Federal Funds Secured for BRAC-Related Transportation Improvements
New bike lanes and an underground pedestrian walkway under Route 355 will help ease traffic congestion when the Walter Reed National Military Medical Center moves in with the National Naval Medical Center in Bethesda later this year.
When the new Walter Reed National Military Medical Center opens in Bethesda this September—bringing with it 2,500 more employees and a half a million more visitors each year to the National Naval Medical Center campus—new transportation infrastructure will be in the works, thanks to $300 million in funds set aside by Congress last week to ease transitions brought about by federally-mandated Base Realignment and Closure activities.
The funds—which will be shared with a few other BRAC projects across the nation—will be used in Bethesda to upgrade public access to the National Naval Medical Center, the National Institutes of Health, and, come September, the Walter Reed National Military Medical Center.
“Shovel-ready” infrastructure improvements (as described by Patrick O’Neill, chairman of the Greater Bethesda-Chevy Chase Chamber of Commerce and the BRAC Implementation Committee) can all proceed now that the funding is in place.
Those improvements include adding bike lanes to Maryland state Route 355, upgrading entrances and exits to the Bethesda Medical Center Metro station, setting up off-site parking for staff and visitors (with shuttle buses connecting parking lots to the campus), and constructing an underground pedestrian walkway connecting the National Naval Medical Center on the east of Route 355 to the National Institutes of Health and the Metro station on the west.
“The work being done at NIH is the best in the world,” said Sen. Ben Cardin, D-Md., at a press conference yesterday announcing the availability of the funds for BRAC activities in Bethesda.
“But we need to get people off the road ... which is incredibly dangerous,” he continued.
Building the infrastructure will take time, but “we’ve got the money in the federal checkbook,” said Sen. Barbara Mikulski, D-Md., who—as a senior member of the Senate Appropriations Committee—was instrumental in securing the funds.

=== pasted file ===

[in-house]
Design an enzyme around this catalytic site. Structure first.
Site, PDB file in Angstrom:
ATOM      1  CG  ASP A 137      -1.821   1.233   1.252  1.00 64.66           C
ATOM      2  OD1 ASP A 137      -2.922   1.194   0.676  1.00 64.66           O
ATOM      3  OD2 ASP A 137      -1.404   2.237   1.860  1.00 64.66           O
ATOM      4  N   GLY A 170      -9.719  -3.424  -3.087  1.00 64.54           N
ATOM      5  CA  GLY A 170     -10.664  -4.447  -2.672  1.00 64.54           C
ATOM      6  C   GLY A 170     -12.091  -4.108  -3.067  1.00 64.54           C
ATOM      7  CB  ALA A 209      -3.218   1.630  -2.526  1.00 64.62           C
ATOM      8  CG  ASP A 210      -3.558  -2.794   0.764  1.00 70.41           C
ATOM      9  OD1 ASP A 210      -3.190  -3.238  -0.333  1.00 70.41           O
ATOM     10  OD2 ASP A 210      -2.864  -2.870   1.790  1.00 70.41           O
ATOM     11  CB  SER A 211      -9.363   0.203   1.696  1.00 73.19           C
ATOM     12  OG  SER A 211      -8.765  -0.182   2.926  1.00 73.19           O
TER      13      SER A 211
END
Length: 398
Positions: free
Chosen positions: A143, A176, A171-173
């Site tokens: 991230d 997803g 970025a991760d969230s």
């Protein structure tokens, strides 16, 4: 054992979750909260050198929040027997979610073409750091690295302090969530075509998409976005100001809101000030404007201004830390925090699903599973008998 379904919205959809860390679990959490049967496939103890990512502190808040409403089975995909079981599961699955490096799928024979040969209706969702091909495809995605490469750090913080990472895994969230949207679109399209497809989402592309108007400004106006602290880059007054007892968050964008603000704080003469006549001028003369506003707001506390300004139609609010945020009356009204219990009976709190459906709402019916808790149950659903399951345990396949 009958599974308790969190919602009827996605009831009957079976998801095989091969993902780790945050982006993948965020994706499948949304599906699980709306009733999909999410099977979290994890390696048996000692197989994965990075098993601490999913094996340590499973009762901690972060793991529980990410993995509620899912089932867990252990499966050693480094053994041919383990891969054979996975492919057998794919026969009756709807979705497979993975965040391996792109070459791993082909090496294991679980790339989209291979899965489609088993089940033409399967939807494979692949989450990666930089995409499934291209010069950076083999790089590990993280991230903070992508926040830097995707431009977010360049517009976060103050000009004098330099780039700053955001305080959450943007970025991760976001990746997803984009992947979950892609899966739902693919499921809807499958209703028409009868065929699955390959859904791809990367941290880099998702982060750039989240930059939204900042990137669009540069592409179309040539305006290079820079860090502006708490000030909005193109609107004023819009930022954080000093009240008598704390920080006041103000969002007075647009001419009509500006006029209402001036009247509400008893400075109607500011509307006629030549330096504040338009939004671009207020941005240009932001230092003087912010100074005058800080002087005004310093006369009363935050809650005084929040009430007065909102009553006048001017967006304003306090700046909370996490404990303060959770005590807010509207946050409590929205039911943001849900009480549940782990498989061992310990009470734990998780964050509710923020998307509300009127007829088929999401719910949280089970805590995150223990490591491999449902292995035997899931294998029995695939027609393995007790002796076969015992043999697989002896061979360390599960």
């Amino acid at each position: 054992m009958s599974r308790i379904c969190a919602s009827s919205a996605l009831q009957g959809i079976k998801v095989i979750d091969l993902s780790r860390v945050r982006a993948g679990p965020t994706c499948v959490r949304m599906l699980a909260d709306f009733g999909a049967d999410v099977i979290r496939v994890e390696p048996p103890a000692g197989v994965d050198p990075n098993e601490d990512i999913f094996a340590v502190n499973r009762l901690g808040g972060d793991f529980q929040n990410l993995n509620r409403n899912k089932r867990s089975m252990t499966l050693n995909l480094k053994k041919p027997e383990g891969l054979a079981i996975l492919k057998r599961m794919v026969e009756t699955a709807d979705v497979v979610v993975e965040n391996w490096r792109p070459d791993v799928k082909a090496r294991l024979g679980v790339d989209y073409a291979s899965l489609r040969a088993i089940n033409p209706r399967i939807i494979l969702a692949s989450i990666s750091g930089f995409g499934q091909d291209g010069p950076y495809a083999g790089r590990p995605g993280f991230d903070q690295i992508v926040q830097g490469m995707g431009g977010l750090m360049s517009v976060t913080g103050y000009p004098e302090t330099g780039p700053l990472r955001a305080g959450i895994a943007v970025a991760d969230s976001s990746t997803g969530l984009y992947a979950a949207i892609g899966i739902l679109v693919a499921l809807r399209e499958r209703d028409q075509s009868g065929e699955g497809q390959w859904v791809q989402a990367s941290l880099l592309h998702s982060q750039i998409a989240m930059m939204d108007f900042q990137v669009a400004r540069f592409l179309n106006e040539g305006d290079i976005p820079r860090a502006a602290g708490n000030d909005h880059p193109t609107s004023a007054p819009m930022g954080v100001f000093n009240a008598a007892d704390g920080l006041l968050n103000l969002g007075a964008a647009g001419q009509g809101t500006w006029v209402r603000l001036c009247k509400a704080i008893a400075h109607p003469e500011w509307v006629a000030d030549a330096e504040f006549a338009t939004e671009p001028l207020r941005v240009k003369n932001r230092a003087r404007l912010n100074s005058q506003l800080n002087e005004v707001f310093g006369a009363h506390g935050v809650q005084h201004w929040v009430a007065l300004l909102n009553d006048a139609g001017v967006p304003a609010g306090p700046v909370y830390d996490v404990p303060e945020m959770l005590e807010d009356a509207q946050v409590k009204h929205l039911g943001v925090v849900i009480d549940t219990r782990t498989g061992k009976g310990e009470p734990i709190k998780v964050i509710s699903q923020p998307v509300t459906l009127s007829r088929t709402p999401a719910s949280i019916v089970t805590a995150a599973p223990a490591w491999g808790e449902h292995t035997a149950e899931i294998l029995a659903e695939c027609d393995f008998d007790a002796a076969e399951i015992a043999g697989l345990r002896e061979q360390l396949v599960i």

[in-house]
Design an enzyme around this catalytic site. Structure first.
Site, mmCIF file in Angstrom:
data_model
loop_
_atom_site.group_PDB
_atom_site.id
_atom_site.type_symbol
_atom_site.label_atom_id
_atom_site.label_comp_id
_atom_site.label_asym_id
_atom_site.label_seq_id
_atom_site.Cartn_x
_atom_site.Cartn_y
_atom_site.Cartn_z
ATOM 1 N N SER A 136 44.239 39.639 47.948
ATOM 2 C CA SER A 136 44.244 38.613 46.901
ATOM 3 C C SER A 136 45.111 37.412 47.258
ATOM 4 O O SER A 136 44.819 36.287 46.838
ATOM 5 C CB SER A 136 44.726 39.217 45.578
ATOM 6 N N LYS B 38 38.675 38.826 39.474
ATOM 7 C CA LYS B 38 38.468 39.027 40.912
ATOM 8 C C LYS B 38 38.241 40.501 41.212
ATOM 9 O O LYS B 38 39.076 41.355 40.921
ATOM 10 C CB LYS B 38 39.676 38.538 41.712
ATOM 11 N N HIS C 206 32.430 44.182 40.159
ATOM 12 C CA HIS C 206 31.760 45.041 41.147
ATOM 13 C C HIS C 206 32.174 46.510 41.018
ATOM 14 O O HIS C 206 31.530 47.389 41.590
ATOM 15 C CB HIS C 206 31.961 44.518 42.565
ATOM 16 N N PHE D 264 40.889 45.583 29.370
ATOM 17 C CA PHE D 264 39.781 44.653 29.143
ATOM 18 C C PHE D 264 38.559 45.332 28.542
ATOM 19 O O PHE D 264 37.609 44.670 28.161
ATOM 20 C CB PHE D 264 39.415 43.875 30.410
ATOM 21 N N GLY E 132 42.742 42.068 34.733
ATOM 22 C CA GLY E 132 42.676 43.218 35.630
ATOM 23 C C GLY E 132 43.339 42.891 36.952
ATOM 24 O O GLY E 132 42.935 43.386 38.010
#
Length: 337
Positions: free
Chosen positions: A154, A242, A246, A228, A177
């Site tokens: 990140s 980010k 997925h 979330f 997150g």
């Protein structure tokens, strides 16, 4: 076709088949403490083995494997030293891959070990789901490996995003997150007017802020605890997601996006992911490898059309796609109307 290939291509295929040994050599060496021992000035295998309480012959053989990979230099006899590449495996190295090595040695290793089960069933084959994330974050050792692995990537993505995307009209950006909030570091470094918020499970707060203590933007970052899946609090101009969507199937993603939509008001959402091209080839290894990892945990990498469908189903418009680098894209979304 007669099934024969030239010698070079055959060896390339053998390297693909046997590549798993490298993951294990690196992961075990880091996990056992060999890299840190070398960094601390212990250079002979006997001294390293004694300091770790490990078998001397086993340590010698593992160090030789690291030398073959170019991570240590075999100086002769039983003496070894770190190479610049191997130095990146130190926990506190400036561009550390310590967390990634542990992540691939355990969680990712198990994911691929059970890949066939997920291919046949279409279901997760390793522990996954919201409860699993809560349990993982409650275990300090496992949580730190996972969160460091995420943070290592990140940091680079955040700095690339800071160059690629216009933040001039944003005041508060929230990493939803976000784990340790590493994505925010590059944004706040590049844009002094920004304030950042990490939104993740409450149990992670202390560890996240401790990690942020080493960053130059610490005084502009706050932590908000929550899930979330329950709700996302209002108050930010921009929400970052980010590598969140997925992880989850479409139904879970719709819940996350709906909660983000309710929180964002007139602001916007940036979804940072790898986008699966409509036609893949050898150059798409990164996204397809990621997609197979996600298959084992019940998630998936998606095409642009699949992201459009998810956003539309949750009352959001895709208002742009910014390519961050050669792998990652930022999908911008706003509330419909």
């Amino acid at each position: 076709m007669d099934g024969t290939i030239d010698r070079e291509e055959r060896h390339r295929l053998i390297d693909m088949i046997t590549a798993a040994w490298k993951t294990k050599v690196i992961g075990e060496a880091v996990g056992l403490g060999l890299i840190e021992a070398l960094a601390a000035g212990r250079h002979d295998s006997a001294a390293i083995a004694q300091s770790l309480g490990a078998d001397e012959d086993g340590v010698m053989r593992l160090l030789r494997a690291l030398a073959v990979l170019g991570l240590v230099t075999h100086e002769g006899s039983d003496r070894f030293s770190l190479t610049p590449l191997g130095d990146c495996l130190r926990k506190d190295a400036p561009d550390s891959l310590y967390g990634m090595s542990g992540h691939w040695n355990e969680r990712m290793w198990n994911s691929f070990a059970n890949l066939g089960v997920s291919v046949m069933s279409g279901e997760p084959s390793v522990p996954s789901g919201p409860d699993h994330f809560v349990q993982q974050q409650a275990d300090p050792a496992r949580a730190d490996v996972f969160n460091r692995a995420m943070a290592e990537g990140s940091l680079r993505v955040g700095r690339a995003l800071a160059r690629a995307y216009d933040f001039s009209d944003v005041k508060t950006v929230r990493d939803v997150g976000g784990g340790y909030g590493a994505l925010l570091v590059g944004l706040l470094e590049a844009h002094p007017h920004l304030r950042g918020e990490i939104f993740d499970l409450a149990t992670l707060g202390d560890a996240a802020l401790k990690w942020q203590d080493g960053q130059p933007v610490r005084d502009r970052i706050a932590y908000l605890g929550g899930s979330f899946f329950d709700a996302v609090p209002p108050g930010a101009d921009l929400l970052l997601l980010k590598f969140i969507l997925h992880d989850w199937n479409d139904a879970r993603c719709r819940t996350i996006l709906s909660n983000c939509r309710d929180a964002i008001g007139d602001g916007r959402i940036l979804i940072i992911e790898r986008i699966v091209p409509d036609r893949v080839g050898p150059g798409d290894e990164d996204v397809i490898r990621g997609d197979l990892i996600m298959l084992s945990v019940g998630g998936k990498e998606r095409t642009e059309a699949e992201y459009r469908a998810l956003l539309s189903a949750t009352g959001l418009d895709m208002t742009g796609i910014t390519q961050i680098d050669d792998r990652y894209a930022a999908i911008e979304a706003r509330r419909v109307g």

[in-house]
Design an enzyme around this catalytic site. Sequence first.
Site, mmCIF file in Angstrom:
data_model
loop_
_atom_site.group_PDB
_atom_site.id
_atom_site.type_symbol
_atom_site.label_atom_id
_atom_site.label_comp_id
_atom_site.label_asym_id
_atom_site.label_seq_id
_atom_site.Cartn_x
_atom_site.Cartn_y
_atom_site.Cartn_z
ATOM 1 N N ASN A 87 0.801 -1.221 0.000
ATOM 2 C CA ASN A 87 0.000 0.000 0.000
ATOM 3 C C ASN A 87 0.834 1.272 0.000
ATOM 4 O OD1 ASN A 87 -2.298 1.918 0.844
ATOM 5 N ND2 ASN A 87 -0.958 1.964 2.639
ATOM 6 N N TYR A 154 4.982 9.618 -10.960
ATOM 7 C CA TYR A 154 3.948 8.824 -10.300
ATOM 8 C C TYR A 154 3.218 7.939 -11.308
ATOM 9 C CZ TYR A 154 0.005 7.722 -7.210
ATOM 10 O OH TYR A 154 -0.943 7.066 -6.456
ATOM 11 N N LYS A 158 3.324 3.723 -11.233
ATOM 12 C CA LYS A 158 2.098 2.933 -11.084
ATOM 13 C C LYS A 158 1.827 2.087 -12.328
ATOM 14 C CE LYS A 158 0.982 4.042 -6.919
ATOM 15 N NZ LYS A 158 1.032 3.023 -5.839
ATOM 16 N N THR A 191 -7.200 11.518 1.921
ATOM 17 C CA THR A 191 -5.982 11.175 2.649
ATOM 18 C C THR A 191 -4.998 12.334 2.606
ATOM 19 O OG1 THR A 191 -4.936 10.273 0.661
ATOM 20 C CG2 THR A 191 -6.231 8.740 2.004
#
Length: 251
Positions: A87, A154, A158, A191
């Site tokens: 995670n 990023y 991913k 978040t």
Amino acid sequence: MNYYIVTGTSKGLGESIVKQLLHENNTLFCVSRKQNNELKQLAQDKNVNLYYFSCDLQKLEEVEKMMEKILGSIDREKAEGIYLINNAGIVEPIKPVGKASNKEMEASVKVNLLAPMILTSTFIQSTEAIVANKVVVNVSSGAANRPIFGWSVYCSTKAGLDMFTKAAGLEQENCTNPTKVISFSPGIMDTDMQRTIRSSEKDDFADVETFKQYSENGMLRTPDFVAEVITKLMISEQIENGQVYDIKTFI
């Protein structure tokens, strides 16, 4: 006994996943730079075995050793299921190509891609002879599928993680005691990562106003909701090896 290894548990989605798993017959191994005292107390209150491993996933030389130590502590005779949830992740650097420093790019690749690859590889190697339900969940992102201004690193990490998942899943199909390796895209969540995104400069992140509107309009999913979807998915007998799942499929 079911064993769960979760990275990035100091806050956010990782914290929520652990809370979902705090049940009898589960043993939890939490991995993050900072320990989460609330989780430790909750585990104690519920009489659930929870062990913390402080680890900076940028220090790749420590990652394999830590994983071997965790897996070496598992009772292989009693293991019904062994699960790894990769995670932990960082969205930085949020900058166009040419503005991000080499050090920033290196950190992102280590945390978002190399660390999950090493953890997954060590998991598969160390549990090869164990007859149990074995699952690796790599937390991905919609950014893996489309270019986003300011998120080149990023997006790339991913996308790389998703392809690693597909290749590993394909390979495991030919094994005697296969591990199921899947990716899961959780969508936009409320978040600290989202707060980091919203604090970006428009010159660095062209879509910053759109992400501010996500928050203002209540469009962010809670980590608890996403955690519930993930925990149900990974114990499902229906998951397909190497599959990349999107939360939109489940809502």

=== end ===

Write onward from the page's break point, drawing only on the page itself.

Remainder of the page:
With all of the extra commuters and visitors expected to descend upon the medical centers in September, local residents have been worried about how an area already dense with traffic congestion will handle the influx of more vehicles.
“The transit system is ... (already) busy because we’re an economic magnet, because we have jobs,” Cardin said.
But with the additional traffic to come in the fall, “we’re talking about traffic congestion that will impact the entire county,” said Maryland County Executive Isiah Leggett at the press conference.
And with doctors, emergency vehicles and patients—many of them wounded soldiers being treated at the Walter Reed National Military Medical Center—needing quick access to the medical centers, it is imperative that the traffic be running smoothly, Mikulski said.
Mikulski added that the “transition time will be testy, there’s no doubt about that,” as the kinks in a new transportation plan are worked out.
“The initial transition may be a little difficult because of the timing, make no mistake about it—it’s a transitional challenge,” Leggett cautioned.
“It’s transitional, it’s temporary—but keep in mind, every day it will be getting better,” Mikulski said.
“We’re proactively doing as much as we can, increasing carpooling and increasing bike and pedestrian access” to the medical centers, said Neil Pederson, of the Maryland State Highway Administration. The aim is to get more employees of the medical centers to take public or alternative forms of transportation to work.
A new bike lane on Route 355 is complete, and work is being done to construct bike lanes on Jones Bridge Road and Cedar Lane. They should be ready by the end of September, he said.
No financial incentives have been planned for those who use public or other alternative forms of transportation to commute to the medical centers.
But, “I think (avoiding) the traffic ... will be enough” of an incentive, Mikulski said.